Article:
- Primary current from H1 phase into the main winding= -0.5774< 90°
- The reason that the primary current from H3 phase into the teaser winding is 1.1547 due to 0.866: 1 turn’s ratio of the teaser, transforming 1/0.866= 1.1547 times the secondary current. This current must split in half at the center tap of the main primary winding because both halves of the main primary winding are wound on the same core and the total ampere-turns of the main winding must equal zero.
Load connected between phase X2 and phase X1 of the secondary:
- Secondary current from the main winding into phase X2 =1.0< 0°
- Secondary current from the main winding into phase X4= -1.0 <0°
- Primary current from H2 phase into the main winding =1.0 <0°
- Primary current from H1 phase into the main winding=- 1.0 <0°
- Primary current from H3 phase into the teaser winding= 0
- Superimpose the two sets of primary currents:
- I H3= 1.1547 <90° +0= 1.1547 <90°
- I H2 =0.5774 <90° +1.0< 0°= 1.1547 < 30°
- I H1 =0.5774 <90°+ 1.0 <0°=1.1547 <210°
- Notice that the primary three-phase currents are balanced; i.e., the phase currents have the same magnitude and their phase angles are 120° apart. The apparent power supplied by the main transformer is greater than the apparent power supplied by the teaser transformer. This is easily verified by observing that the primary currents in both transformers have the same magnitude; however, the primary voltage of the teaser transformer is only 86.6% as great as the primary voltage of the main transformer. Therefore, the teaser transforms only 86.6% of the apparent power transformed by the main.
- We also observe that while the total real power delivered to the two phase load is equal to the total real power supplied from the three-phase system, the total apparent power transformed by both transformers is greater than the total apparent power delivered to the two-phase load.
- The apparent power transformed by the teaser is 0.866 X IH1= 1.0 and the apparent power transformed by the main is 1.0X IH2 =1.1547 for a total of 2.1547 of apparent power transformed.
- The additional 0.1547 per unit of apparent power is due to parasitic reactive power owing between the two halves of the primary winding in the main transformer.
- Single-phase transformers used in the Scott connection are specialty items that are virtually impossible to buy ‘‘off the shelf ’’ nowadays. In an emergency, standard distribution transformers can be used
Advantages of the Scott T Connection:
- If desired, a three phase, two phase, or single phase load may be supplied simultaneously
- The neutral points can be available for grounding or loading purposes
Disadvantages when used for 3 Phase Loading
- This type of asymmetrical connection (3 phases, 2 coils), reconstructs three phases from 2 windings. This can cause unequal voltage drops in the windings, resulting in potentially unbalanced voltages to be applied to the load.
- The transformation ratio of the coils and the voltage obtained may be slightly unbalanced due to manufacturing variances of the interconnected coils.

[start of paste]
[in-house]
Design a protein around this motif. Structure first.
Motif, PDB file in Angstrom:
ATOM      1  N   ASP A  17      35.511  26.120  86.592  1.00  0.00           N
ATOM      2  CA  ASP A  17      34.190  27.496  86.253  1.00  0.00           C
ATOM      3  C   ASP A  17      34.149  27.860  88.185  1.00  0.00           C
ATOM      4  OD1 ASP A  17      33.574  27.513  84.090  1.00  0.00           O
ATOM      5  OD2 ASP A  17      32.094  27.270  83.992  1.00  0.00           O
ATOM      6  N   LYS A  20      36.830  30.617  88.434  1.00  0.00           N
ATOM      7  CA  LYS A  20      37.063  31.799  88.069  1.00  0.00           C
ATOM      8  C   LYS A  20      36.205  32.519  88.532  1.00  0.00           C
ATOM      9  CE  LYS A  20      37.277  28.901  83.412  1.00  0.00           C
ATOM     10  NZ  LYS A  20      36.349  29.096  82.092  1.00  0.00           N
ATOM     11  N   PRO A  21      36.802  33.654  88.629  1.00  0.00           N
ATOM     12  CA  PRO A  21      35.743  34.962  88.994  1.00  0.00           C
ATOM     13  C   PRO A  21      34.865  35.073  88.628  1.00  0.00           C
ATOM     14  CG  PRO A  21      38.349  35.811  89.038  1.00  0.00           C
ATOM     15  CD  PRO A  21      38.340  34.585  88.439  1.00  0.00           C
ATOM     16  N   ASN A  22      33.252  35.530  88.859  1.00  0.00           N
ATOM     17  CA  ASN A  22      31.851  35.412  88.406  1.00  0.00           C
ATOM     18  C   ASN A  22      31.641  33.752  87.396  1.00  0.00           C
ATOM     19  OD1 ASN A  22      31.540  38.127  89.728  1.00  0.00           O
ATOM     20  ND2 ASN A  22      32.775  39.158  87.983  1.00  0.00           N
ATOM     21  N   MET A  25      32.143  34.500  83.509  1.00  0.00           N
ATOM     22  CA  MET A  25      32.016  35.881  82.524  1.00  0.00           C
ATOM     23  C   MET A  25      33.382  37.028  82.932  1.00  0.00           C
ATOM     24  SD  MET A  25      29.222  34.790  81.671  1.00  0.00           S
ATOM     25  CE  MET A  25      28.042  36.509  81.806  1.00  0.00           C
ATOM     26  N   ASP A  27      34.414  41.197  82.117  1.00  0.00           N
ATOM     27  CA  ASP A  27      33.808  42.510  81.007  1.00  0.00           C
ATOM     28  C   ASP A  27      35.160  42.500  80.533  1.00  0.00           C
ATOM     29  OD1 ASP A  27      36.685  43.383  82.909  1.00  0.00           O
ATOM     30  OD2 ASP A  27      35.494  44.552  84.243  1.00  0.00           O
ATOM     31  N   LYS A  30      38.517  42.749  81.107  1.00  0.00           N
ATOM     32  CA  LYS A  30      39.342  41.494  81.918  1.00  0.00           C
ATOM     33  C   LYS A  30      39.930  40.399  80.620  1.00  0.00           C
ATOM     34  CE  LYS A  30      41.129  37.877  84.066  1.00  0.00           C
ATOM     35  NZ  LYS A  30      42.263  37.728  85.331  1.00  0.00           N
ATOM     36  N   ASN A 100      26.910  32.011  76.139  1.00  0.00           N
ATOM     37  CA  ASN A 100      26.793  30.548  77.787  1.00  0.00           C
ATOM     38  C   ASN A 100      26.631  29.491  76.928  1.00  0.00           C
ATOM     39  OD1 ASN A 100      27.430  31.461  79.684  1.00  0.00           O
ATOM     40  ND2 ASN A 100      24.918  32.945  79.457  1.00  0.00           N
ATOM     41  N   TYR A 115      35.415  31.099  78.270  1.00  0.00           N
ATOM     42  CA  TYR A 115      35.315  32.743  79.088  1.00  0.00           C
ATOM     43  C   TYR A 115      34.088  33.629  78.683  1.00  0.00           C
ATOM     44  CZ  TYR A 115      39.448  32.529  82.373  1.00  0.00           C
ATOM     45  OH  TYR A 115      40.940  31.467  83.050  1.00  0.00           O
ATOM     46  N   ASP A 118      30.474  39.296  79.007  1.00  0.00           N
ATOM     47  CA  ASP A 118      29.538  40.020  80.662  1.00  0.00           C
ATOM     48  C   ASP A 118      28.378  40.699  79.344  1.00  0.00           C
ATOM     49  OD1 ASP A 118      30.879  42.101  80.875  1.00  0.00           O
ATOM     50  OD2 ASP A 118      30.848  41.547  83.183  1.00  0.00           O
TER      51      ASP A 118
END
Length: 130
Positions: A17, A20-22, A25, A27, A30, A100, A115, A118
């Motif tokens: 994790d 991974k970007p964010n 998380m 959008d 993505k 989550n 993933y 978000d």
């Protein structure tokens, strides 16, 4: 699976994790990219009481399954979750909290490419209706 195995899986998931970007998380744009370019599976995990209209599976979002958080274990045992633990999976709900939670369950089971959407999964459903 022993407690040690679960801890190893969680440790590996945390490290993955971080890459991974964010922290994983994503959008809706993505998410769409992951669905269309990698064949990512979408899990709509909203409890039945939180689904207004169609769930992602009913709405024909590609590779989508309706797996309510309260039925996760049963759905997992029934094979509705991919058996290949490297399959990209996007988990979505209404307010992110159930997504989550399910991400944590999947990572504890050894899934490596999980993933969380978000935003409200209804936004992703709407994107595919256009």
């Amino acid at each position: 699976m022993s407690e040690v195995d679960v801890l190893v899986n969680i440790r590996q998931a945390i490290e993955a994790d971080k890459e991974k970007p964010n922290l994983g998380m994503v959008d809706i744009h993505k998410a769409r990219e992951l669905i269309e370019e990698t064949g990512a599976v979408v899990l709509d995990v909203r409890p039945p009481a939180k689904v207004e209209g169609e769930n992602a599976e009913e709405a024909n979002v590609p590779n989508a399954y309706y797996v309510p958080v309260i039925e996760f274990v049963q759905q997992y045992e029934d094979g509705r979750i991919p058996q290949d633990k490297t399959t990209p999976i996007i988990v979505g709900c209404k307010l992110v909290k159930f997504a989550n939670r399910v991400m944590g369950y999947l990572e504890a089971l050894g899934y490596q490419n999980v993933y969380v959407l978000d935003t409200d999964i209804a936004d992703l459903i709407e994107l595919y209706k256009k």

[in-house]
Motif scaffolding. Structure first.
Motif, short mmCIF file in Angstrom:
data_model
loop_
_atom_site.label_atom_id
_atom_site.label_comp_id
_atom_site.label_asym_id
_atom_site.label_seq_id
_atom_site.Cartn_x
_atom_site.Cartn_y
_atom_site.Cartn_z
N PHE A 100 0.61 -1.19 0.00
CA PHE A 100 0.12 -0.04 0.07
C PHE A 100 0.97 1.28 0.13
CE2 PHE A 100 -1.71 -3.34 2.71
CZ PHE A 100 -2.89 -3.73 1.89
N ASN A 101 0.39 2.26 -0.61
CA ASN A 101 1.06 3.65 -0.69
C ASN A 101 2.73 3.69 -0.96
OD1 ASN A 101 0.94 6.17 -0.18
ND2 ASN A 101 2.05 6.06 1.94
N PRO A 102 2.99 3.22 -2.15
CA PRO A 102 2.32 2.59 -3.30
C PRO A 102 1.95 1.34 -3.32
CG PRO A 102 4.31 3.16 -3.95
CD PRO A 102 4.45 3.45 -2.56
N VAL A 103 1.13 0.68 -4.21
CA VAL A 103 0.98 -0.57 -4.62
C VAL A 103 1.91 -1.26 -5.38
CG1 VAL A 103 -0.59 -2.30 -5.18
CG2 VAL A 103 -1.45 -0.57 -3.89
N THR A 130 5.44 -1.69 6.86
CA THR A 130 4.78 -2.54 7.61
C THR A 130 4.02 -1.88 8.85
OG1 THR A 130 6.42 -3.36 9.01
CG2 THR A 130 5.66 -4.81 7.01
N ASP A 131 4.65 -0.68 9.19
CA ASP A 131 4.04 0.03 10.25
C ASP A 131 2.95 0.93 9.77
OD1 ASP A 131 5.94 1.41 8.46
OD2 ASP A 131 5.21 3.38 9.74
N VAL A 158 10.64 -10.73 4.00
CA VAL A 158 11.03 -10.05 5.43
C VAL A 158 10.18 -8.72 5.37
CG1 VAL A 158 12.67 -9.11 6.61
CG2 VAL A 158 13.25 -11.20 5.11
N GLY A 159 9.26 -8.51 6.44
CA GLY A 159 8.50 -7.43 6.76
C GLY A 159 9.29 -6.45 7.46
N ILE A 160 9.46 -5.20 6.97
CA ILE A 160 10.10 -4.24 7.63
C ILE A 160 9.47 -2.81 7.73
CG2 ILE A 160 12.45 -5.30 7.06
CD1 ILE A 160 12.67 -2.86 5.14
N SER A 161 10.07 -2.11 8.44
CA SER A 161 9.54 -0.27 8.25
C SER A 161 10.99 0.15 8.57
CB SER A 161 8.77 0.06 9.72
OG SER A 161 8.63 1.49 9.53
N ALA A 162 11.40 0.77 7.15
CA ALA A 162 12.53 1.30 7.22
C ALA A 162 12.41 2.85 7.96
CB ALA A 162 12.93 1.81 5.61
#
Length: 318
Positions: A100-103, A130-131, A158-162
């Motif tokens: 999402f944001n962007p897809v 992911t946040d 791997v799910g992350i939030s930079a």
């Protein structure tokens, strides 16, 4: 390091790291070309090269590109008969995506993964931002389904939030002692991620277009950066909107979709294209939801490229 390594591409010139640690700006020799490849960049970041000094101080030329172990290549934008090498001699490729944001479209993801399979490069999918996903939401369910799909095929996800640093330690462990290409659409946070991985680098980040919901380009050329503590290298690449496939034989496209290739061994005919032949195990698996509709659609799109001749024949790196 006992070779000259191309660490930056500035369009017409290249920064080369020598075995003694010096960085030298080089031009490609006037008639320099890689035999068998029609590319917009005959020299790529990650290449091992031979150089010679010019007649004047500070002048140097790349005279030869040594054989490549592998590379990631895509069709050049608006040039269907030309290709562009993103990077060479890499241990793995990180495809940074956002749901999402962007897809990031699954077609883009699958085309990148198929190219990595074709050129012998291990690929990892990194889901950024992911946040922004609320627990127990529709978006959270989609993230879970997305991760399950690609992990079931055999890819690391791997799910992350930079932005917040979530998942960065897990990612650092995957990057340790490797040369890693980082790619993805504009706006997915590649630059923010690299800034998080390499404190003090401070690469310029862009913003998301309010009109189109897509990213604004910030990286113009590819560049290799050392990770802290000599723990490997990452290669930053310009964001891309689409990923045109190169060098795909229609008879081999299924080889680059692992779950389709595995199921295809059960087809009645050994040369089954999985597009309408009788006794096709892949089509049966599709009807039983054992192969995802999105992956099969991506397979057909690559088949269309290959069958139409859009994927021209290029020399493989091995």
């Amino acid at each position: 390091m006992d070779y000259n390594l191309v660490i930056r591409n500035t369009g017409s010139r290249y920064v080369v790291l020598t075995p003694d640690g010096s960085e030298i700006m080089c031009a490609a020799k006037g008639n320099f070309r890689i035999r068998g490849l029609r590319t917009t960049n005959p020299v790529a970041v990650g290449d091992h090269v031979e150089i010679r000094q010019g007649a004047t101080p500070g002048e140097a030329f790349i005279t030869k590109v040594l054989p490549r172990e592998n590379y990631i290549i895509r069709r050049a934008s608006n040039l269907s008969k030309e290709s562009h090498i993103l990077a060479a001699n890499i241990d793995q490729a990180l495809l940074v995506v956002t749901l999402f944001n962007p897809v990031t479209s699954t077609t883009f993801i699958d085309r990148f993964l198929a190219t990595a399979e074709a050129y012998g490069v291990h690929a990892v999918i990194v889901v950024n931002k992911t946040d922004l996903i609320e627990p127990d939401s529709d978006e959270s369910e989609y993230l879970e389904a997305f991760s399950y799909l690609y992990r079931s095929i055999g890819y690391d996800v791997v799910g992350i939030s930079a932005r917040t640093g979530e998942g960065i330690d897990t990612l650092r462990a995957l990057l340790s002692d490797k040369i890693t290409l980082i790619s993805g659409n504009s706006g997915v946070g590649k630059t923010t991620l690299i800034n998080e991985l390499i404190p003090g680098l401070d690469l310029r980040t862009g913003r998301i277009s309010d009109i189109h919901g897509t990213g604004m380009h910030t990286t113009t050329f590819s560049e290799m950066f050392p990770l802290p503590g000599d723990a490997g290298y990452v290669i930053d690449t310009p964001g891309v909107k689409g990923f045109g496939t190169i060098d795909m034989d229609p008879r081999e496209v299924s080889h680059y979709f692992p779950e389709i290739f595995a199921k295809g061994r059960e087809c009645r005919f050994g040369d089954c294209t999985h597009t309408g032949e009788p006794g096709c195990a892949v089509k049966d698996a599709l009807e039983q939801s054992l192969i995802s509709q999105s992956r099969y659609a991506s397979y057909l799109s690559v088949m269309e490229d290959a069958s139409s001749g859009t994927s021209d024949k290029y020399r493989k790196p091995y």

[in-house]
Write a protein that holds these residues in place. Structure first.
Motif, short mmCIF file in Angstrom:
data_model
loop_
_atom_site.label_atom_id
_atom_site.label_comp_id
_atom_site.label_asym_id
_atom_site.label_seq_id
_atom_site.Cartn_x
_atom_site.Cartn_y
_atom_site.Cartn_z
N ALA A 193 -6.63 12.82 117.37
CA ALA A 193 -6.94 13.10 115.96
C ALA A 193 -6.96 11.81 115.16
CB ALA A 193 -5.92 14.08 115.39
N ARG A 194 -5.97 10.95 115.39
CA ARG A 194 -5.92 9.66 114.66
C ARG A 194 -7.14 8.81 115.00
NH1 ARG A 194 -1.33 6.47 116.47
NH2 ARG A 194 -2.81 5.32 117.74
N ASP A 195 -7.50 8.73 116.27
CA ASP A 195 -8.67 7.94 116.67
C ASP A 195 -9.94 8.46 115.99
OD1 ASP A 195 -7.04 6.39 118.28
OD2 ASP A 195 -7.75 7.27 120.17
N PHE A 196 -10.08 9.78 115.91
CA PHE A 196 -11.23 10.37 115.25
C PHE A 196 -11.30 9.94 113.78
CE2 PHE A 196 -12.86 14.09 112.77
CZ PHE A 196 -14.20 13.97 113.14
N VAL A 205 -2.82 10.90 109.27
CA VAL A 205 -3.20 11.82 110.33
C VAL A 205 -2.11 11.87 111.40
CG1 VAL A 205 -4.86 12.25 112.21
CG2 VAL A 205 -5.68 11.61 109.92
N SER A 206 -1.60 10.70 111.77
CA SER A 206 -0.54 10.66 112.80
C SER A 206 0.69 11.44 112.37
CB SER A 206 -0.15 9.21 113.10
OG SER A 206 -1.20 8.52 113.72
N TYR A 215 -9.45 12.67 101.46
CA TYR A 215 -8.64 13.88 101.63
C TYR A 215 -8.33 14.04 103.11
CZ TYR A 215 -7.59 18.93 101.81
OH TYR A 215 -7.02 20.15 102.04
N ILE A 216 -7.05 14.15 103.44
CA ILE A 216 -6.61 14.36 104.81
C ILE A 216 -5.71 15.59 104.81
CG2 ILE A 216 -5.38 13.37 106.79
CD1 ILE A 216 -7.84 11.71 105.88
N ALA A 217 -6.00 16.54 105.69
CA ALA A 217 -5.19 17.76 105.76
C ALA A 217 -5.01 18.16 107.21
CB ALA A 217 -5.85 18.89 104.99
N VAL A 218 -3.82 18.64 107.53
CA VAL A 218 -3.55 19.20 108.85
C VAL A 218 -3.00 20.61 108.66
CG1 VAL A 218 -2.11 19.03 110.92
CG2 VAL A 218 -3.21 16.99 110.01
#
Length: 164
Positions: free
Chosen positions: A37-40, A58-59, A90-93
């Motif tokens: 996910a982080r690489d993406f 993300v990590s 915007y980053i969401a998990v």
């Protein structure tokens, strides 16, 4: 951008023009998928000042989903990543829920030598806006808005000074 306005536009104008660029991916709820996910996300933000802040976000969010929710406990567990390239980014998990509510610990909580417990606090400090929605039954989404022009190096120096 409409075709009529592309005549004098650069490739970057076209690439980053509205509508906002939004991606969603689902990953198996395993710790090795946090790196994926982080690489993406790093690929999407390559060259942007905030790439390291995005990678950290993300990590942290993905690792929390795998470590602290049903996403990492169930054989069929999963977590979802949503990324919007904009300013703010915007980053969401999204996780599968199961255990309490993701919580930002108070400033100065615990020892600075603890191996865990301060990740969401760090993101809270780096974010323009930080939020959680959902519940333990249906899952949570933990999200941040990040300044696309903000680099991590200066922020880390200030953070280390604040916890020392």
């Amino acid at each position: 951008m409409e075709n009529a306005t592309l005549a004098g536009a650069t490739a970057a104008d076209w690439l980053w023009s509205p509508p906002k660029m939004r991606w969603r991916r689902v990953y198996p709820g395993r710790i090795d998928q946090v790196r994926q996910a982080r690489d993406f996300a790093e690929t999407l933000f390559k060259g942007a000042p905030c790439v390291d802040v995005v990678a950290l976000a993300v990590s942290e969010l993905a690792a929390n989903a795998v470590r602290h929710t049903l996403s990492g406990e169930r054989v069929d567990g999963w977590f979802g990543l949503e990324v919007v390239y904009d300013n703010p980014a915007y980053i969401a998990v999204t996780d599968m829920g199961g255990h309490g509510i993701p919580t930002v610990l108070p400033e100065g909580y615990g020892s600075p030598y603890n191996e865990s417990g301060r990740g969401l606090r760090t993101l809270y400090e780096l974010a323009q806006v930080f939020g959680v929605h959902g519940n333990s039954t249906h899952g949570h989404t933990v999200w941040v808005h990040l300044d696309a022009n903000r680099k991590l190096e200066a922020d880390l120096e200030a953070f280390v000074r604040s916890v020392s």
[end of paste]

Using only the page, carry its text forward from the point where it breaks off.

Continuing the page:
- This design’s neutral has to be solidly grounded. If it is not grounded solidly, the secondary voltages could become unstable.
- Since this design will have a low impedance, special care will have to be taken on the primary protection fault current capacity. This could be an issue if the system was designed for a Delta-Star connection.
- The inherent single phase construction and characteristics of this connection produces a comparatively bulky and heavier transformer when compared with a normal three phase transformer of the same rating.
- For Industrial Furnace Transformer.
- For Traction Purpose: The power is obtained from the 220 kV or 132 kV or 110 kV or 66 kV, three-phase, effectively earthed transmission network of the State Electricity Board, through single-phase transformers or Scott connected transformer installed at the Traction Substation. The primary winding of the single-phase transformer is connected to two phases of the transmission network or Where Scott-connected transformer is used, the primary windings are connected to the three phases of the transmission network.
- The single-phase transformers at a Traction Substation are connected to the same two phases of the transmission network (referred as single-phase connection), or alternatively to different pairs of phases- the three single phase transformers forming a delta-connection on the primary side. Out of three single-phase transformers, one transformer feeds the overhead equipment (OHE) on one side of the Traction Substation, another feeds the OHE on the other side of the Traction Substation, and the third remains as standby. Thus the two single-phase transformers which feed the OHE constitute an open-delta connection (alternatively, referred as V-connection) on the three-phase transformers network. The Scott-connected transformer and V-connected single-phase transformers are effective in reducing voltage imbalance on the transmission network. The spacing between adjacent substations is normally between 70 and 100 km.